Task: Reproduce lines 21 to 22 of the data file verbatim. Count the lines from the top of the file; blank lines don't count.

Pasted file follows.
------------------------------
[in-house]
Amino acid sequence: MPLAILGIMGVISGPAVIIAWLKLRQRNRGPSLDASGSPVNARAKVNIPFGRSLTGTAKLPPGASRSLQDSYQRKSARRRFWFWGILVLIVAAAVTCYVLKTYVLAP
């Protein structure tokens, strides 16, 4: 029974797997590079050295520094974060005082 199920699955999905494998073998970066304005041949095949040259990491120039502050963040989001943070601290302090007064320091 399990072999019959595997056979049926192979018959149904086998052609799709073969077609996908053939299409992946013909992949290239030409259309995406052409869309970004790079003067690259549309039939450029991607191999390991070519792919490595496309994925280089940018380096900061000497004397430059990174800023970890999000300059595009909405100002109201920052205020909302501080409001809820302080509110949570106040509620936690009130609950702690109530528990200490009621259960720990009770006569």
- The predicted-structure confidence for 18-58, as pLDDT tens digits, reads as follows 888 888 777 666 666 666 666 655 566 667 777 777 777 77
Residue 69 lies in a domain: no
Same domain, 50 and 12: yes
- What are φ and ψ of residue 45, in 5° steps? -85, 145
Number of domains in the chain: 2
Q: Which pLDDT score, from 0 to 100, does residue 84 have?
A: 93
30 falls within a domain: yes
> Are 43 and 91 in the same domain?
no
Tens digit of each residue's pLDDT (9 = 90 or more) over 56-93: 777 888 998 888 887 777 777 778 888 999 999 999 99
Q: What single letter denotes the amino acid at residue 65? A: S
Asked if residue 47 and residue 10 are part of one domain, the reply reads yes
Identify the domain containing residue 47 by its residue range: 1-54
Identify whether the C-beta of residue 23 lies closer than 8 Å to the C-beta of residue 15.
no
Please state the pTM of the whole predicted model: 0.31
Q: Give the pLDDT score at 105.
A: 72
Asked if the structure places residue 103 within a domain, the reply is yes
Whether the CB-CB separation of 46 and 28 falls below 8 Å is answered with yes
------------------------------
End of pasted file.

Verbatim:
Q: Give the pLDDT score at 105.
A: 72